For a book so frequently found on contemporary high school reading lists and AP Literature tests, Mark Twain's 19th-century novel The Adventures of Huckleberry Finn sure is controversial. Outlawed within a month of its publication in 1884, Twain's novel remains the 14th most frequently banned book, according to the American Library Association, as of 2009.
"All modern American literature comes from one book by Mark Twain called Huckleberry Finn," proclaimed Ernest Hemingway, one of the book's most notable champions, in 1935. In more recent times, Toni Morrison wrote that Twain's picaresque is an "amazing, troubling book," one that caused her no shortage of rage and feelings of complicity, before concluding that the book is "classic literature, in that it heaves, manifests, and lasts." John Keene's magnificent story of speculative fiction picks up from Twain's classic American novel, 40 years later, with civil war veteran Jim relating his life since that fateful raft ride down the Mississippi.
What I'd like to hear about, the reporter starts in, is the time you and that little boy… and I silence him again with a turn of my head, thinking to myself that this is supposed to be an interview about the war and my service in it, from the day I enlisted despite being almost a score years too old, having several mouths to feed, and running a tavern under my own name a grasshopper's jump from the riverfront, to the day we were sent by wagon and train down to Brazos de Santiago, where we launched the fight that ended on that spring day, ten years ago, along the Rio Grande on the meadows of Palmito Ranch, which, we learned later from a scout we captured from the other side, was the final battle in the first great war for our freedom, or between the states as they like to call it these days, so I ain't about to devote a minute to those sense-defying events of 40 years before.
Yet the mere mention of that boy's name, one I seldom think about, not even in dreams or nightmares, retrieves the sole two times since those years that I saw his face. That first time the name and face had become molded to the measure of a man, still young and with a decade before him but rendered gaunt and taut by struggles unknown to me and perhaps to that writer, also from Hannibal, who had made him, both of us, briefly famous. That face with its narrow angles and sharp agate eyes, with the sandy tufts of hair now framing it at the cheeks and chin, that glanced past me on Chouteau near the Pacific railroad tracks as I passed it and that other one I knew so well, on my way back to the public house where I worked, near the waterfront, ten years after that voyage down the Mississippi—my folly, when I could have crossed with my wife of those years, and my children, then still little, right there at Alton, and made my way east and we all would have been truly free—ten years before the conflagration that would cleave the country in two.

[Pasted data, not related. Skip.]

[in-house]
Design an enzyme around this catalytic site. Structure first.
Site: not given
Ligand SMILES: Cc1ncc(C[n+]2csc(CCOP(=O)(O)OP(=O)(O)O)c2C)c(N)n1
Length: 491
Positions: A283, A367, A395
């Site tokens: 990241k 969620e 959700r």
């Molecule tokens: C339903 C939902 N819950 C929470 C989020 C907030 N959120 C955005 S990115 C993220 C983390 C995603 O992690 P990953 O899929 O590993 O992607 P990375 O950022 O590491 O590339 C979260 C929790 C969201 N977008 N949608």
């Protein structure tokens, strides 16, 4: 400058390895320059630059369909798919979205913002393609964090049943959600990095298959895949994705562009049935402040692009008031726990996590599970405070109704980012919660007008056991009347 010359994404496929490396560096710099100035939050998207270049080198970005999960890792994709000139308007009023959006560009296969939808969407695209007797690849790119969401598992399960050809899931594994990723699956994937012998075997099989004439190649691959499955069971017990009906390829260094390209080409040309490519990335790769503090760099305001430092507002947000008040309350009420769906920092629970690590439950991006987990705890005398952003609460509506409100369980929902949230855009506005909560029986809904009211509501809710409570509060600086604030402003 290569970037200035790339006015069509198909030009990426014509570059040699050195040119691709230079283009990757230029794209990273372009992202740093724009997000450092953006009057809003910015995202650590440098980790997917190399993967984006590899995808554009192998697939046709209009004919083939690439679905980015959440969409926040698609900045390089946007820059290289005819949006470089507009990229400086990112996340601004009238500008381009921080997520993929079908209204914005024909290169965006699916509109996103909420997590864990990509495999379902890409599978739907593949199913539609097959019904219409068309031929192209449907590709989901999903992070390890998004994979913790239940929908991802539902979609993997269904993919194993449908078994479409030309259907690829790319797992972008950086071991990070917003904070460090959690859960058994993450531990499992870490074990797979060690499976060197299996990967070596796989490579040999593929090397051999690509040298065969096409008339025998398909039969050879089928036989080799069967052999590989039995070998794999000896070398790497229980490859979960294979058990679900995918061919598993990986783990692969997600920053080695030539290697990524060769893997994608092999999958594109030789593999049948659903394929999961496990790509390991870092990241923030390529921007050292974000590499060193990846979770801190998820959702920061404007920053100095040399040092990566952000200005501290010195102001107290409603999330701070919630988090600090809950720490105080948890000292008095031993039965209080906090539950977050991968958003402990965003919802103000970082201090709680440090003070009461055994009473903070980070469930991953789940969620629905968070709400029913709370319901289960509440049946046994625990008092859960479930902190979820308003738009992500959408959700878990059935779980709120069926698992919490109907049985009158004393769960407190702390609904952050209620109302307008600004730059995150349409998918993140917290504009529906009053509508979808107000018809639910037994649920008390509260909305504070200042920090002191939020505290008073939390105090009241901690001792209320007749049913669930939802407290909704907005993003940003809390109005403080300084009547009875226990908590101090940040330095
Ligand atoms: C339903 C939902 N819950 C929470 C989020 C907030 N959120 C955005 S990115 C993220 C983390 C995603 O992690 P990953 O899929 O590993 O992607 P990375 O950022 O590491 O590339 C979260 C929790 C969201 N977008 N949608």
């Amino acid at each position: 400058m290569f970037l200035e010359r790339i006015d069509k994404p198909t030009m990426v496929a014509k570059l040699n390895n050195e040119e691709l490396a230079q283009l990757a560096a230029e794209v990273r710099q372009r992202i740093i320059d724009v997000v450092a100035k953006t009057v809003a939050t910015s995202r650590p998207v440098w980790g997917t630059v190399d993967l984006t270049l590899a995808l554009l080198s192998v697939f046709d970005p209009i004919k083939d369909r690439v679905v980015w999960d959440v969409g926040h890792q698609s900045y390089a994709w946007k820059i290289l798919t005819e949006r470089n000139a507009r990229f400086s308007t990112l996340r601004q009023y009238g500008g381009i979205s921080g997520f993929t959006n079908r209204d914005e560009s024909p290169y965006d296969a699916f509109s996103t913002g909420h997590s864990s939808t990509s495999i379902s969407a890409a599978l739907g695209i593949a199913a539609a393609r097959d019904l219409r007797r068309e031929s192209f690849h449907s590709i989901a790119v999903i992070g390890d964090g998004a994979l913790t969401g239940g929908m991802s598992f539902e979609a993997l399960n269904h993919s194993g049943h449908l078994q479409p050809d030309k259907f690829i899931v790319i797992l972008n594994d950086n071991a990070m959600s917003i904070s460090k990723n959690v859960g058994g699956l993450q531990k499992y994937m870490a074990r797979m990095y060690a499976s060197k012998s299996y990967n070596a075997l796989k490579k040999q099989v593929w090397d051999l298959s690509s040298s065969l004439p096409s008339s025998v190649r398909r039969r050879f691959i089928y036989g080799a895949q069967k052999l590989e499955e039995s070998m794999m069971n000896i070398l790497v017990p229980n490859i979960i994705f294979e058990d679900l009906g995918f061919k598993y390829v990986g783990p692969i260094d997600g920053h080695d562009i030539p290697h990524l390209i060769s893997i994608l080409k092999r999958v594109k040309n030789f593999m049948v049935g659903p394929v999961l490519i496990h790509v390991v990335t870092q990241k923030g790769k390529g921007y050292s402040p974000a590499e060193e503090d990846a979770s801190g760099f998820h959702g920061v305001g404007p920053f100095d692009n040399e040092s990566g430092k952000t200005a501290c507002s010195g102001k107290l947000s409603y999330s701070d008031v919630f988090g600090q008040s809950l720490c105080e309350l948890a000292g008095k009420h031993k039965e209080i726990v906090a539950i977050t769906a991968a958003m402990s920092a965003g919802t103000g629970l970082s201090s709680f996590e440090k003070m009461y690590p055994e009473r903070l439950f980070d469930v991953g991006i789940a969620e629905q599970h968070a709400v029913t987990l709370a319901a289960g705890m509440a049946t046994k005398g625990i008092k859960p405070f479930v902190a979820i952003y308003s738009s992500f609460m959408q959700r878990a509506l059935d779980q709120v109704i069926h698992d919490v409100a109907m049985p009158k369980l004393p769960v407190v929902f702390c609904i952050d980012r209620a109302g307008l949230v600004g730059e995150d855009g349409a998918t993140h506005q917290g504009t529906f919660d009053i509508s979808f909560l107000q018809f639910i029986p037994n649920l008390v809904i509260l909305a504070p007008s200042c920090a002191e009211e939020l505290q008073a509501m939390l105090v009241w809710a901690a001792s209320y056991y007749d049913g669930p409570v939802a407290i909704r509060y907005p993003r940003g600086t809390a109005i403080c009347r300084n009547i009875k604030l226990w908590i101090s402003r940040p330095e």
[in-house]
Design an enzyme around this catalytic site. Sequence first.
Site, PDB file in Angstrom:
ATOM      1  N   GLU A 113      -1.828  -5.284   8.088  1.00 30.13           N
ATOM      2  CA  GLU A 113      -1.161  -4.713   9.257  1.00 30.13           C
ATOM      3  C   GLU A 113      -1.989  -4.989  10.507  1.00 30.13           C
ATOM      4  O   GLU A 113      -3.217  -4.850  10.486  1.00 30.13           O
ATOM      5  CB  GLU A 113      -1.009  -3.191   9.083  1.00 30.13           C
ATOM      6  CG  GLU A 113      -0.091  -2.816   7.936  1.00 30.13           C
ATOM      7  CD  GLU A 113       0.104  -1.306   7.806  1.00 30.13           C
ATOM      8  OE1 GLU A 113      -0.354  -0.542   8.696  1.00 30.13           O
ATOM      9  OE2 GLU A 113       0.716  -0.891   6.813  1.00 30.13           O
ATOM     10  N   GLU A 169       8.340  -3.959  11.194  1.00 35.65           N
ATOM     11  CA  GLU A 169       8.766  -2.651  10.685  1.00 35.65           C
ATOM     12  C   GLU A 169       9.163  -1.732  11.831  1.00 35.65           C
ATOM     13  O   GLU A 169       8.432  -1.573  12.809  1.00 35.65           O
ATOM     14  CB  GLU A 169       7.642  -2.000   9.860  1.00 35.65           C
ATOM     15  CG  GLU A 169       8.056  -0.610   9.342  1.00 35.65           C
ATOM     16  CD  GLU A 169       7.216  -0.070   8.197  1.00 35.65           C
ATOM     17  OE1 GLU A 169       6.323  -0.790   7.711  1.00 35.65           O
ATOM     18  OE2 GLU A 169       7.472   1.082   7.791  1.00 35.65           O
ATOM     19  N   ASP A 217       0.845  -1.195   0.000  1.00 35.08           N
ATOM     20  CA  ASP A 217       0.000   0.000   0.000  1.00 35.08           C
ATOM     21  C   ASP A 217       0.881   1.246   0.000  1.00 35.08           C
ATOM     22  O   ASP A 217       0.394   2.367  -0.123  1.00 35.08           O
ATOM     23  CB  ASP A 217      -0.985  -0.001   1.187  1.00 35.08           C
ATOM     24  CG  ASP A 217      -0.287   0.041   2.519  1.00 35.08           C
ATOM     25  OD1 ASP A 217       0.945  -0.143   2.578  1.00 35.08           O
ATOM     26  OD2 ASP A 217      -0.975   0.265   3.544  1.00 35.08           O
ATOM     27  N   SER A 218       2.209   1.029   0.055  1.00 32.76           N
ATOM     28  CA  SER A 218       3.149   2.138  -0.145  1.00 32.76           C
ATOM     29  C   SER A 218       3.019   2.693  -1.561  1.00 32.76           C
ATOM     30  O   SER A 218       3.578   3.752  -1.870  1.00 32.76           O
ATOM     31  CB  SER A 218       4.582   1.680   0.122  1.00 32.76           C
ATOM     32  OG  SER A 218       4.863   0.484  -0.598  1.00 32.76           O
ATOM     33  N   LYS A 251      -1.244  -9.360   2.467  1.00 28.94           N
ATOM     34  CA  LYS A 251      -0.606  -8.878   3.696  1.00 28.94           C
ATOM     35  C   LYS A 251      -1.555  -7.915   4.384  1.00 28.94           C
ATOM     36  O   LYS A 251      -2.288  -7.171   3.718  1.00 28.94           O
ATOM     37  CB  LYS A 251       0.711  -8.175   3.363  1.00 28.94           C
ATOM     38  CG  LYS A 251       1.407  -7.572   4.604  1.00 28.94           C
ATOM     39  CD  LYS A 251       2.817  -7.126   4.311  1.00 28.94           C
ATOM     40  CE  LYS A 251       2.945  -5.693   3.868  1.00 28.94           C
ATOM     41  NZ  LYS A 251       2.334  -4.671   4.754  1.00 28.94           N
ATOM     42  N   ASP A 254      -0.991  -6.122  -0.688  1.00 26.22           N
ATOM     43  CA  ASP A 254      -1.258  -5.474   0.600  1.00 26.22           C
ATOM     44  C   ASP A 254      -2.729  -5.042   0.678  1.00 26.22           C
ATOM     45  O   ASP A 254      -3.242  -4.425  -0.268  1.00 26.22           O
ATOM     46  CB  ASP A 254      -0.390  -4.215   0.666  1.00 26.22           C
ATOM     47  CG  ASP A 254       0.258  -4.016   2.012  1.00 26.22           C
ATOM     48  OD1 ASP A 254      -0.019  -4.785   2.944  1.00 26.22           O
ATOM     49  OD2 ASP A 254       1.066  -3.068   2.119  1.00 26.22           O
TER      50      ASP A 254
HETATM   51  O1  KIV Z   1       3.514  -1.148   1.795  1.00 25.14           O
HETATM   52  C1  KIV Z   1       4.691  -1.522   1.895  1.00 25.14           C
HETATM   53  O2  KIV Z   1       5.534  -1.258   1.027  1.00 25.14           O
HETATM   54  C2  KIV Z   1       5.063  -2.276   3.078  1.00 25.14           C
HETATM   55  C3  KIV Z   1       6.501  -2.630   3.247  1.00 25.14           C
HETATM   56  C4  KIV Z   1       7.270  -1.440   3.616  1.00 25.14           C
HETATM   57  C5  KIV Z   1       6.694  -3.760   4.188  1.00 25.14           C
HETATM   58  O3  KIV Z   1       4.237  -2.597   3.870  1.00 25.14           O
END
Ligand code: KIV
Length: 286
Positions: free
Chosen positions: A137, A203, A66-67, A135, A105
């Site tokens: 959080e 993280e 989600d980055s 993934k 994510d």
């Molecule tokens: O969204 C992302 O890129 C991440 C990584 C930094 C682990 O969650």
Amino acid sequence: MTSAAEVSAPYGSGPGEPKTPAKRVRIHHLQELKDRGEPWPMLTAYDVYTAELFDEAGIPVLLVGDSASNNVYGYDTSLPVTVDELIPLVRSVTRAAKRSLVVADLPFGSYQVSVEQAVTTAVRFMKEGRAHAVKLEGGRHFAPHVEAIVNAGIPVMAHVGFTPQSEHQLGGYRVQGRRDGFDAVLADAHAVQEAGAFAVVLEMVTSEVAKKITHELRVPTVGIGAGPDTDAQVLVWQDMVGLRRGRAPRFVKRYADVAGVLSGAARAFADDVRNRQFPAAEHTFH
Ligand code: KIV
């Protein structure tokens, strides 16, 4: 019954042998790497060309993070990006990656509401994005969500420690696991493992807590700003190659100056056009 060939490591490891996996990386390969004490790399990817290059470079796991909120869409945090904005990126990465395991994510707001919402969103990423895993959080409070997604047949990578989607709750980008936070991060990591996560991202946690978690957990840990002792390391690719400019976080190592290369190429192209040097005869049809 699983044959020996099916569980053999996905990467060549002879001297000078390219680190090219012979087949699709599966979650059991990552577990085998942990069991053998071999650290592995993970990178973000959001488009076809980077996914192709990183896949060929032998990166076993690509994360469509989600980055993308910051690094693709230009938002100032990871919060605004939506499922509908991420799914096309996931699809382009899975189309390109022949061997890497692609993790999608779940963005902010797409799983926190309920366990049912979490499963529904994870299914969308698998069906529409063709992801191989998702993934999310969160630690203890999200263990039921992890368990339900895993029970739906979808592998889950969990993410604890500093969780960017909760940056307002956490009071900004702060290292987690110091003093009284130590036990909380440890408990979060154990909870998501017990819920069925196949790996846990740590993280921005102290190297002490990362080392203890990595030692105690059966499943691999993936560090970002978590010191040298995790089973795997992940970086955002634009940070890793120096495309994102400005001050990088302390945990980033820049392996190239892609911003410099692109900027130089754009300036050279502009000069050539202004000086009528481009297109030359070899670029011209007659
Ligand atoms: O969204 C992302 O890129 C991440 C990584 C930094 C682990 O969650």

The other face, the Sawyer boy's, froze as it glimpsed mine, and when it had passed several steps beyond me said loudly to its companion, "Whoa, Huck, I think that was your old boy from Hannibal!" and then, "Old buck, hold up, now," and "Ain't you Jim Watson, you, that keeps on walking without stepping to the side when you see two gentlemen approaching, like you ain't heard one of 'em call out your name?" So I paused and turned around, and faced them. There they were, Huckleberry, now in his early 20s, and Sawyer, same in years, both taller than me now, still lean in their youthful frames, each one looking from their clothing alone fairly prosperous as so many were during those charging years, though in Huck's mien I could see that all the gold they had gotten from that mess in the caves had not alleviated whatever inner torments from the past or subsequent years afflicted him. "Well, now," Sawyer said, brushing the sleeves of his worsted suit coat as he approached me, Huck behind him, "I should have figured we would come across you one day down here."
"Howdy now, Jim," Huck said, and extended his adult hand.
"Howdy, Huckleberry, howdy, Tom," I answered, tipping my hat ever so slightly and taking each man's palm only momentarily in mine.
Sawyer leaned against a stile and proceeded to tell me all about himself, how he was working during the day in the law offices of Judge Thatcher's brother and after spending a year at Centre College in Kentucky and another at the University of Virginia, President Jefferson's school he proudly pointed out, he was studying law at night at Reverend Eliot's new seminary not far from here, though he reminded me neither he and Huck had to work and that I certainly should not have forgotten why. He told me he had traveled down the Mississippi on a steamboat several times, including by himself, all the way to New Orleans, which is where he thought he might eventually settle if he didn't stay in St. Louis, since the culture and people down there appealed to him, and that he would probably write about it all when he was past the bar and in equitable position. He kept talking for a good while longer, but I confess that though my eyes never left his mouth I rapidly quit listening.